Later in August 1942 the Kane was part of the US fleet that took part in the occupation of Adak.


The Kane continued to operate in Alaskan and Aleutian waters until February 1943, when she arrived at Seattle to be converted into a high speed transport. She was reclassified as APD-18 and the work was completed by 3 April. She then took part in a period of training with the 7th Infantry Division.

The Kane’s first combat duties in her new role came during the US invasion of Attu. On 11 May two US submarines landed the first 100 Army Scouts on the island. Several hours later the Kane was guided inshore by the radar on the battleship Pennsylvania, allowing her to drop 400 reconnaissance troops on the island. During the fighting that followed, the Kane was used as a medical evacuation ship, and to carry medical supplies between Holtz and Massacre Bay.

On 14 August the Kane landed part of the Army’s 1st Special Service Force on Kiska. She later landed troops on Little Kiska Island, but in both cases the Japanese had already evacuated.

On 22 August the Kane and the Dale (DD-353) carried out a reconnaissance of Rat and Buldir Islands, finding no Japanese.

The Kane remained on duty in the Aleutians until 20 November 1943 when she moved south for an overhaul at the Mare Island Navy Yard, which lasted until 7 January 1944.


After her overhaul the Kane moved to Pearl Harbor to join the 5th Amphibious Force, which was preparing for the capture of the Marshall Islands. On the night of 30-31 January she landed marines on the islands at the entrance to Majuro Lagoon. She was also used to occupy the islands on the eastern side of Kwajalein Lagoon.

On 25 February she left to help screen the landings at Milne Bay, New Guinea. She then took part in the occupation of Seeadler Harbor on Manus during the occupation of the Admiralty Islands.

On 22 April 1944 she landed men from the 163rd Infantry at Aitape, then bombarded Japanese positions before attacking Ali Island. She was then used to escort a convoy to the Solomon Islands before returning to Pearl Harbor, arriving on 23 May 1944.

On 15 June 1944 she landed Marines early in the invasion of Saipan. She then supported Underwater Demolition Team 4 during operations around the island. On 23 June she suffered a near miss from Japanese bombing that wounded three men.

On 17 July 1944 she entered Agat Bay, Guam, where she supported UDT 4 as it helped blow up some of the underwater obstacles built by the Japanese, this allowing the marines to land on 21 July. On 24 July, while still operating off Guam, the Kane was almost hit by Japanese mortar fire.

On 10 August she returned to Pearl Harbor, to collect 100 tons of demolition explosives to be used in the invasion of Leyte. On 18 October she entered Leyte Gulf, and her UDT used those explosives to help clear the way for the invasion of Leyte on 20 October. After this she left for San Pedro and an overhaul, arriving on 4 December 1944.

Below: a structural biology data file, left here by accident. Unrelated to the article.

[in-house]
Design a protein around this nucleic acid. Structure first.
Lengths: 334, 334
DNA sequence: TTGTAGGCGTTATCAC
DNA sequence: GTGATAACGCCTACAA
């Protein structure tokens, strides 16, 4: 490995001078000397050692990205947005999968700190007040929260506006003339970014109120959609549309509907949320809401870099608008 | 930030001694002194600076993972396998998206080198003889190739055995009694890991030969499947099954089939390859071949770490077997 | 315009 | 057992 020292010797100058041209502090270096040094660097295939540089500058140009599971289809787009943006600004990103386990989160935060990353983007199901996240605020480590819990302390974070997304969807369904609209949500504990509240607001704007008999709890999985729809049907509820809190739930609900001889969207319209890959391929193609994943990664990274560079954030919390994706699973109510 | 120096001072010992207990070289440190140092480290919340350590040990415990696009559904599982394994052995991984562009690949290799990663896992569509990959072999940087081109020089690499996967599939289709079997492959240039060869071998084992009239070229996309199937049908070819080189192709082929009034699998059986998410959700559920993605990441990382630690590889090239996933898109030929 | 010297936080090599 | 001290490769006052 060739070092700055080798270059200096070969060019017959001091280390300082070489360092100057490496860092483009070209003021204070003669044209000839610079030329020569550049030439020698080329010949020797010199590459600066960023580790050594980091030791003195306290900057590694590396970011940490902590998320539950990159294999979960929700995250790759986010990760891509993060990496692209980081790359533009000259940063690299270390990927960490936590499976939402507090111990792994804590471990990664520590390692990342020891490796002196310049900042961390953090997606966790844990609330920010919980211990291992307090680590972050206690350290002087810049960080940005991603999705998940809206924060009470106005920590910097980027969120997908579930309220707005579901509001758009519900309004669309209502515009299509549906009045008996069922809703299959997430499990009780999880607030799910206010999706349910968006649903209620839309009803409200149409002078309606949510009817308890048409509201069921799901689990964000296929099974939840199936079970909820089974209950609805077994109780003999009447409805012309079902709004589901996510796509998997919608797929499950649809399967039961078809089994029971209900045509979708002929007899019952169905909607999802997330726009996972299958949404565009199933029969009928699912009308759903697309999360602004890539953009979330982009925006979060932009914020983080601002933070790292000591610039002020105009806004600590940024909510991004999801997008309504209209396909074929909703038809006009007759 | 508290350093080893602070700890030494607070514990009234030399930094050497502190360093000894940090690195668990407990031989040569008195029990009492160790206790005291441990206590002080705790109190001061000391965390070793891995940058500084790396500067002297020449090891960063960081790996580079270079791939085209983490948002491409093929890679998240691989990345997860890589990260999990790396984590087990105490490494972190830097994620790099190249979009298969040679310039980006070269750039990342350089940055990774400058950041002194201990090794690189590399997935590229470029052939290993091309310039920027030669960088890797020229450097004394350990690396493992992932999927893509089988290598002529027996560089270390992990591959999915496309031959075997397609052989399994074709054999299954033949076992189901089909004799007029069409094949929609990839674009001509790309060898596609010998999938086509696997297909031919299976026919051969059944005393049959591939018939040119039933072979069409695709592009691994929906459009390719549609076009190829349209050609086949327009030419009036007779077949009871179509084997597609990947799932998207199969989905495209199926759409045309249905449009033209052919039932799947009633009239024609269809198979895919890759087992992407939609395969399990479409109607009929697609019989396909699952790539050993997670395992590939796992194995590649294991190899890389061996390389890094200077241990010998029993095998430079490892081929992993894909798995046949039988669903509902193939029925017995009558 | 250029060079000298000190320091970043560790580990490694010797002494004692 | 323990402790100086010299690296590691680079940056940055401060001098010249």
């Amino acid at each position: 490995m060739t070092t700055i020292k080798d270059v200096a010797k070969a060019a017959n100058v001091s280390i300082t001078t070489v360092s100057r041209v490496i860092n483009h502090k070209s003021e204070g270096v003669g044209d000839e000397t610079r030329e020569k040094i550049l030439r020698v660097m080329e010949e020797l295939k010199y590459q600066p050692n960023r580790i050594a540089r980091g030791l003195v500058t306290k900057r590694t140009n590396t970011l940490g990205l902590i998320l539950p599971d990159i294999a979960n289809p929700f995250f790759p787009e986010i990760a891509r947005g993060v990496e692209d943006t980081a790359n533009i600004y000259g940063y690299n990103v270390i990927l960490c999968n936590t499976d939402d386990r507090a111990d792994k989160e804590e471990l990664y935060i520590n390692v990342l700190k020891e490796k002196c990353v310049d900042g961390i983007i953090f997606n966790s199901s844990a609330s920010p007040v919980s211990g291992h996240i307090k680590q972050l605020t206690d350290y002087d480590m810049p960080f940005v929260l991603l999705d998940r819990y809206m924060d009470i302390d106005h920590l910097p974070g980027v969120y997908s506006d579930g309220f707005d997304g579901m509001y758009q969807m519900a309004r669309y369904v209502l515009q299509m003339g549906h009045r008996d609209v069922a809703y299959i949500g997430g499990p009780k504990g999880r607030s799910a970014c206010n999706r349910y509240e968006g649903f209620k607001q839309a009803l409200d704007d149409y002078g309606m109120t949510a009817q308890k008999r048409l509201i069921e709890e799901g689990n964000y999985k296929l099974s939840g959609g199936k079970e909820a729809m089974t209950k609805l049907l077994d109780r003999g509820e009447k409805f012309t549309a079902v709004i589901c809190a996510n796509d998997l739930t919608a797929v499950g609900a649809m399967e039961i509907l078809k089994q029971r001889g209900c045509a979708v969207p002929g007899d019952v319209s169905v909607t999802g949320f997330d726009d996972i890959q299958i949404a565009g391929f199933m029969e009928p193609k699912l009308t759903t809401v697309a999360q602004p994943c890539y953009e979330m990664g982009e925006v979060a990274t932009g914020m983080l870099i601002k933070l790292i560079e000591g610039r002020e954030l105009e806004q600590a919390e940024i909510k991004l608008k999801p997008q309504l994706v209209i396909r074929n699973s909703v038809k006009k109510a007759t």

The Kane departed from San Diego on 20 April 1945 to move to Hawaii, where she was used to train Underwater Demolition Team 24. She then took part in the invasion of Okinawa. She arrived off Kerama Retto, to the south-east of the main island on 12 June. She was used to escort the hospital ship Solace (AH-5) out of the combat area, and was then used to patrol off an anchorage to the south-west of the island. On 21 June she had to fight off two kamikaze aircraft. One week later she left Okinawa to escort a convoy to Leyte.

That ended her involvement in the front line fighting. On 4 July she joined the Philippine Sea Frontier and was used to patrol the shipping lanes heading east from the Philippines for the rest of the war.

On 13 September she left Leyte to carry occupation troops to Korea, arriving at Jinsen on 17 September. She was then used to handle communications for the Jinsen representative of the 7th Amphibious Force, before she was relieved on 12 November 1945.

The Kane returned to the United States, reaching San Diego on 13 December 1945. She then moved to Philadelphia, where she was decommissioned on 24 January 1946 and sold for scrap on 21 June 1946.

Kane received seven battle stars for service in World War II, for the Aleutians, Bismarck Archipelago (Admiralty Islands), Eniwetok, Western New Guinea,  Marianas (Saipan, Guam), Leyte landings, Okinawa and Hollandia.

Displacement (standard)


Displacement (loaded)


Top Speed

35.51kts at 24,890shp at 1,107t on trial (Preble)


2-shaft Westinghouse geared tubines
4 boilers
27,000shp (design)


2,500nm at 20kts (design)


314ft 4in


30ft 10.5in


Four 4in/ 50 guns
One 3in/23 AA gun
Twelve 21in torpedoes in four triple mountings
Two depth charge tracks
One Y-Gun depth charge projector

Crew complement



12 August 1919


11 June 1920

Sold for scrap

21 June 1946

U.S. Destroyers: An Illustrated Design History, Norman Friedmann . The standard history of the development of American destroyers, from the earliest torpedo boat destroyers to the post-war fleet, and covering the massive classes of destroyers built for both World Wars. Gives the reader a good understanding of the debates that surrounded each class of destroyer and led to their individual features.
cover cover cover

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How to cite this article: Rickard, J (13 August 2019), USS Kane (DD-235/ APD-18) ,